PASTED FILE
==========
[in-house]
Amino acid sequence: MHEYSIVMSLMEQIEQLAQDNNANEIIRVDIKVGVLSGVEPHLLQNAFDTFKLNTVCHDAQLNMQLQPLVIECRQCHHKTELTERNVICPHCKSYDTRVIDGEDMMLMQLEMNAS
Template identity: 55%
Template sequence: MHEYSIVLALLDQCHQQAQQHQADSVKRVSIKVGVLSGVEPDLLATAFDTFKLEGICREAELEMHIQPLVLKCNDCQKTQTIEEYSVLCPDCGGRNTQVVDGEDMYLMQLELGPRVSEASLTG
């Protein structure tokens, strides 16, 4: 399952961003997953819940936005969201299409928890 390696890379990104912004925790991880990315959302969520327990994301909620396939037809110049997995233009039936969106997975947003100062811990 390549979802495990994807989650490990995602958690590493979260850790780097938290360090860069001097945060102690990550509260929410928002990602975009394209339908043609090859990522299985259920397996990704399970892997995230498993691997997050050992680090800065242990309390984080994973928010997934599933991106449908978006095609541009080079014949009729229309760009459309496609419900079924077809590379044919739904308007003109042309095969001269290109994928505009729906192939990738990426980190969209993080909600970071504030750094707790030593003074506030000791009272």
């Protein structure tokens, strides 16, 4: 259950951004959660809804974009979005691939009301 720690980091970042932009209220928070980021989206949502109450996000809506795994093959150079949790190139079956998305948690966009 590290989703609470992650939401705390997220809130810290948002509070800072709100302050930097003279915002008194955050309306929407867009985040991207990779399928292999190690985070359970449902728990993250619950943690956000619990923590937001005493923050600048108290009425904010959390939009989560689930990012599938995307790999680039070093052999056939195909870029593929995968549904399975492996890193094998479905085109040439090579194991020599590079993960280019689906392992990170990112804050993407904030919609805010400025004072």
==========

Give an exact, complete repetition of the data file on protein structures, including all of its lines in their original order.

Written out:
[in-house]
Amino acid sequence: MHEYSIVMSLMEQIEQLAQDNNANEIIRVDIKVGVLSGVEPHLLQNAFDTFKLNTVCHDAQLNMQLQPLVIECRQCHHKTELTERNVICPHCKSYDTRVIDGEDMMLMQLEMNAS
Template identity: 55%
Template sequence: MHEYSIVLALLDQCHQQAQQHQADSVKRVSIKVGVLSGVEPDLLATAFDTFKLEGICREAELEMHIQPLVLKCNDCQKTQTIEEYSVLCPDCGGRNTQVVDGEDMYLMQLELGPRVSEASLTG
């Protein structure tokens, strides 16, 4: 399952961003997953819940936005969201299409928890 390696890379990104912004925790991880990315959302969520327990994301909620396939037809110049997995233009039936969106997975947003100062811990 390549979802495990994807989650490990995602958690590493979260850790780097938290360090860069001097945060102690990550509260929410928002990602975009394209339908043609090859990522299985259920397996990704399970892997995230498993691997997050050992680090800065242990309390984080994973928010997934599933991106449908978006095609541009080079014949009729229309760009459309496609419900079924077809590379044919739904308007003109042309095969001269290109994928505009729906192939990738990426980190969209993080909600970071504030750094707790030593003074506030000791009272």
């Protein structure tokens, strides 16, 4: 259950951004959660809804974009979005691939009301 720690980091970042932009209220928070980021989206949502109450996000809506795994093959150079949790190139079956998305948690966009 590290989703609470992650939401705390997220809130810290948002509070800072709100302050930097003279915002008194955050309306929407867009985040991207990779399928292999190690985070359970449902728990993250619950943690956000619990923590937001005493923050600048108290009425904010959390939009989560689930990012599938995307790999680039070093052999056939195909870029593929995968549904399975492996890193094998479905085109040439090579194991020599590079993960280019689906392992990170990112804050993407904030919609805010400025004072």